August 03, 2023


I’ve long thought that media reports announcing that Uber will have to account for 20% VAT on all ride income, rather than just on its margin, were somewhat speculative and premature. Recent announcements made by Uber show it thinks VAT should only be paid on the margin but HMRC disagrees. It looks like Uber’s case will end up before the Courts; presumably it or HMRC will Appeal any loss before the Tax Tribunals, potentially all the way to the Supreme Court.

We’ll thus have plenty of time to read the facts and arguments presented in Court, but what do we know already?

The Courts have determined that when a passenger books a journey via a ride hailing App, it is contracting with the App owner, e.g Uber, Bolt or Veezu, rather than the individual driver.

Although this isn’t strictly a tax decision, it does appear to put paid to any argument that the App owner is just an Agent. Uber initially argued that it was an Agent, and it should only account for VAT on its own fee. Typically, drivers will not be registered for VAT, on the basis the driver’s turnover is below the threshold.

Separately, Uber drivers have successfully argued that they are “workers” for employment law purposes, but this does not mean that they are “employees” for tax purposes. So the driver is effectively a sub-contractor, providing the actual carriage of the passenger. The driver’s customer is Uber, not the passenger.

On HMRC’s interpretation, Uber must account for VAT on the full value of what the passenger pays, and assuming the driver is not VAT registered Uber cannot offset input tax on the driver’s charges.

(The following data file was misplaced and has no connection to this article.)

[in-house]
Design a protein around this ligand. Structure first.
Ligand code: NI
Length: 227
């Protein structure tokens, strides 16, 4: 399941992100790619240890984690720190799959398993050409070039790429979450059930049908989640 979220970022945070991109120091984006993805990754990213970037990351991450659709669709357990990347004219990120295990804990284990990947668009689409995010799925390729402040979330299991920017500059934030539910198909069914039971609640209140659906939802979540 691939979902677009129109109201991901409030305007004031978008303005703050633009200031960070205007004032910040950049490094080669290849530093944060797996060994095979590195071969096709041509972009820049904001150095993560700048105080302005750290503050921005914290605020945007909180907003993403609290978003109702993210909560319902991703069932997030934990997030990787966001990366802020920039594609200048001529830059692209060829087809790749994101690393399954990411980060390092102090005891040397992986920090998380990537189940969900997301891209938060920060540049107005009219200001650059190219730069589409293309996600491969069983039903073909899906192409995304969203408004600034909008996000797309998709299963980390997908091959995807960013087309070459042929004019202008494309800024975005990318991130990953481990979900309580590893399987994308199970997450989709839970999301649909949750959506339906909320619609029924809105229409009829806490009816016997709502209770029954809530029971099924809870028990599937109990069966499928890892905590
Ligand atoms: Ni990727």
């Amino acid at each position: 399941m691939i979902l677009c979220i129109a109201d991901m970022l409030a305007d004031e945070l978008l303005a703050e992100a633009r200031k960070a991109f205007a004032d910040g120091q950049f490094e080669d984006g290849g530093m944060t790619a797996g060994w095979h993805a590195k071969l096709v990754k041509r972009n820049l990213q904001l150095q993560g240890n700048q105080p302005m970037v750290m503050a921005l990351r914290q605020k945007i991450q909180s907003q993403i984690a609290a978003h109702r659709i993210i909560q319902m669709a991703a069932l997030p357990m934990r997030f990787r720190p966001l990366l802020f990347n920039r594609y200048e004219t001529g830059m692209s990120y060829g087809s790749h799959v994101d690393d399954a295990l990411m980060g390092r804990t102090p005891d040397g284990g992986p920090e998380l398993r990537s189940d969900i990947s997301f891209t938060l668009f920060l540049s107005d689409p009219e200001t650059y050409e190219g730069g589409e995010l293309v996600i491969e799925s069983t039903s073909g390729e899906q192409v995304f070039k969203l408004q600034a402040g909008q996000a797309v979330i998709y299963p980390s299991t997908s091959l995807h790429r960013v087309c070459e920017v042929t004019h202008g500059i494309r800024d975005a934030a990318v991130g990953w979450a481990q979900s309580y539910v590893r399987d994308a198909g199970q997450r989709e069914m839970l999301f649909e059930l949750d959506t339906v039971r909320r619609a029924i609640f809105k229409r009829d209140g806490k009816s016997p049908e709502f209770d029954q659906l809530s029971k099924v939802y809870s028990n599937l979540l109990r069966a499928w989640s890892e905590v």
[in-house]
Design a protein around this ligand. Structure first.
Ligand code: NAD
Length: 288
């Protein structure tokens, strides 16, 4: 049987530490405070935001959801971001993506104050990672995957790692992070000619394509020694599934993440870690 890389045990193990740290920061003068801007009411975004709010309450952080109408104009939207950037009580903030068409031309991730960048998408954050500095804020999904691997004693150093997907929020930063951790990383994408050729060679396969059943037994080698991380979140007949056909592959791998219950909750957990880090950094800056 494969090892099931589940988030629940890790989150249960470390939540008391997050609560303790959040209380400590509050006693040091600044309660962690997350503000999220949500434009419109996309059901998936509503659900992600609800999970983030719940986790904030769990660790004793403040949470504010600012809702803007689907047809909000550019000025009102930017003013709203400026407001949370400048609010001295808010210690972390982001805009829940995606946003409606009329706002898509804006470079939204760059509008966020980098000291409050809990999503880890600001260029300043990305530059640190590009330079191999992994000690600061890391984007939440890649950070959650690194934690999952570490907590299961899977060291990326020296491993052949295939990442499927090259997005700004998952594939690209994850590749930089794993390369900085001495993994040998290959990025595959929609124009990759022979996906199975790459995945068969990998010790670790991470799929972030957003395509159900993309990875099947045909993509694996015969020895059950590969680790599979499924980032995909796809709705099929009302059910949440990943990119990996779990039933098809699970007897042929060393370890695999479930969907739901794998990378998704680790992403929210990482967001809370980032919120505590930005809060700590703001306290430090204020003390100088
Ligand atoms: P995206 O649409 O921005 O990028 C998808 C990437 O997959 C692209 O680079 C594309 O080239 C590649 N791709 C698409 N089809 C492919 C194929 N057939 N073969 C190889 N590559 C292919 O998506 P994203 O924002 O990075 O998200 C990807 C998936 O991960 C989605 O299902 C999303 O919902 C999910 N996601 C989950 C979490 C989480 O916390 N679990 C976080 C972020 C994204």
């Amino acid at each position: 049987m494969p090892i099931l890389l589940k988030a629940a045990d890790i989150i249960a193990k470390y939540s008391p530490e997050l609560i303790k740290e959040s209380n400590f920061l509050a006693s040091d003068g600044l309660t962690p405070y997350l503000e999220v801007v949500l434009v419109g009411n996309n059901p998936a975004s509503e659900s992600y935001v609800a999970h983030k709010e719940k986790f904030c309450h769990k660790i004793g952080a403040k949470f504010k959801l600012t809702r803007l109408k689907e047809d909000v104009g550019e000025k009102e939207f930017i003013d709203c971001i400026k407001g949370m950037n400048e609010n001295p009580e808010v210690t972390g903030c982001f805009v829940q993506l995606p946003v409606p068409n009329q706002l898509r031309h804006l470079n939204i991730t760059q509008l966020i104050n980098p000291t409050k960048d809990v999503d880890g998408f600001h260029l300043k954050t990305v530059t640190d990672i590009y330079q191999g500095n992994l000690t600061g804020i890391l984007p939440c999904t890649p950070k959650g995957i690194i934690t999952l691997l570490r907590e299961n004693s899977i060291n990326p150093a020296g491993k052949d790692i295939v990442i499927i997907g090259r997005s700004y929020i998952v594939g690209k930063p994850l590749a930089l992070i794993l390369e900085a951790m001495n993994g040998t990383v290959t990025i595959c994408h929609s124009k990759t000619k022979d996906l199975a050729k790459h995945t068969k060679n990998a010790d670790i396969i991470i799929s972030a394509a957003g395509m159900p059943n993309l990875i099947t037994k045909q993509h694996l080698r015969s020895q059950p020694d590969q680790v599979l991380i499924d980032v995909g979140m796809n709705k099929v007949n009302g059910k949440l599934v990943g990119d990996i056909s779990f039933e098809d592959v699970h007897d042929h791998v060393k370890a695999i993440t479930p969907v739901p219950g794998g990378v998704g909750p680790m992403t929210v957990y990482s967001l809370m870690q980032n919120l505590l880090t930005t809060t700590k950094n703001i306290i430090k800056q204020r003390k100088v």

However, I understand that Uber is arguing that the Tour Operator’s Margin Scheme (“TOMS”) applies, meaning Uber just accounts for VAT on its profit margin. (As calculated under the TOMS rules-the TOMS profit margin may not be exactly the same as the gross profit.)

HMRC dispute this. The heart of the dispute seems to be whether the transport service supplied to Uber is then re-supplied to the customer “without material alteration or further processing.”

At this point, I want to introduce a case called Sonder, which rented 40 individual apartments from third party landlords. The landlords charged Sonder an annual fixed rent.

Sonder then advertised the apartments for short stay lettings to corporate and leisure travellers via the App. Sonder took the commercial risk of loss if the apartments were not let, the rent paid by Sonder remained the same regardless of the number of days the apartments were occupied by travellers.

Sonder was responsible for cleaning, made sure the apartments were kitted out and decorated in Sonder’s distinctive style, and dealt with guest queries (e.g. how to operate the heating) or requests (e.g. further towels or toiletries.)

HMRC argued that Sonder’s offering to visitors was materially altered from what it bought in from the landlords who rented the properties TO Sonder.

HMRC lost this case recently, the First Tier Tribunal deciding Sonder was entitled to use TOMS, and account for VAT on its TOMS profit margin.

Sound familiar? I think the final outcome of how much VAT is due from Uber is down to the Courts…


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